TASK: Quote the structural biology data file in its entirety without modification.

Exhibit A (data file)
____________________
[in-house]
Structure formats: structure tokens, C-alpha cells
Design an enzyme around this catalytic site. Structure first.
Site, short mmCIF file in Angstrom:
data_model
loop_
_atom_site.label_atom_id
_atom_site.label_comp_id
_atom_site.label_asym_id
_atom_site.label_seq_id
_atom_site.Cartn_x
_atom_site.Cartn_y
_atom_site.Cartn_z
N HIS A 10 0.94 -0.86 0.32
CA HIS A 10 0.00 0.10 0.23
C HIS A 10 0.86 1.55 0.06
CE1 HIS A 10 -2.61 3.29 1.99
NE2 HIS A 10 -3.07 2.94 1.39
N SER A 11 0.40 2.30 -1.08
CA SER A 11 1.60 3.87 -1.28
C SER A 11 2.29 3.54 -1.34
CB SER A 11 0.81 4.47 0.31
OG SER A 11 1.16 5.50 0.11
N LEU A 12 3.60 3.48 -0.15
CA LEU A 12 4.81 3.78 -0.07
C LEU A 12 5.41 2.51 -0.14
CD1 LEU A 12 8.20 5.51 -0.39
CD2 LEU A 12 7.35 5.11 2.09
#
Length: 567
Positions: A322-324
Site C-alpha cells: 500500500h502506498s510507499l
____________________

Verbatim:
[in-house]
Structure formats: structure tokens, C-alpha cells
Design an enzyme around this catalytic site. Structure first.
Site, short mmCIF file in Angstrom:
data_model
loop_
_atom_site.label_atom_id
_atom_site.label_comp_id
_atom_site.label_asym_id
_atom_site.label_seq_id
_atom_site.Cartn_x
_atom_site.Cartn_y
_atom_site.Cartn_z
N HIS A 10 0.94 -0.86 0.32
CA HIS A 10 0.00 0.10 0.23
C HIS A 10 0.86 1.55 0.06
CE1 HIS A 10 -2.61 3.29 1.99
NE2 HIS A 10 -3.07 2.94 1.39
N SER A 11 0.40 2.30 -1.08
CA SER A 11 1.60 3.87 -1.28
C SER A 11 2.29 3.54 -1.34
CB SER A 11 0.81 4.47 0.31
OG SER A 11 1.16 5.50 0.11
N LEU A 12 3.60 3.48 -0.15
CA LEU A 12 4.81 3.78 -0.07
C LEU A 12 5.41 2.51 -0.14
CD1 LEU A 12 8.20 5.51 -0.39
CD2 LEU A 12 7.35 5.11 2.09
#
Length: 567
Positions: A322-324
Site C-alpha cells: 500500500h502506498s510507499l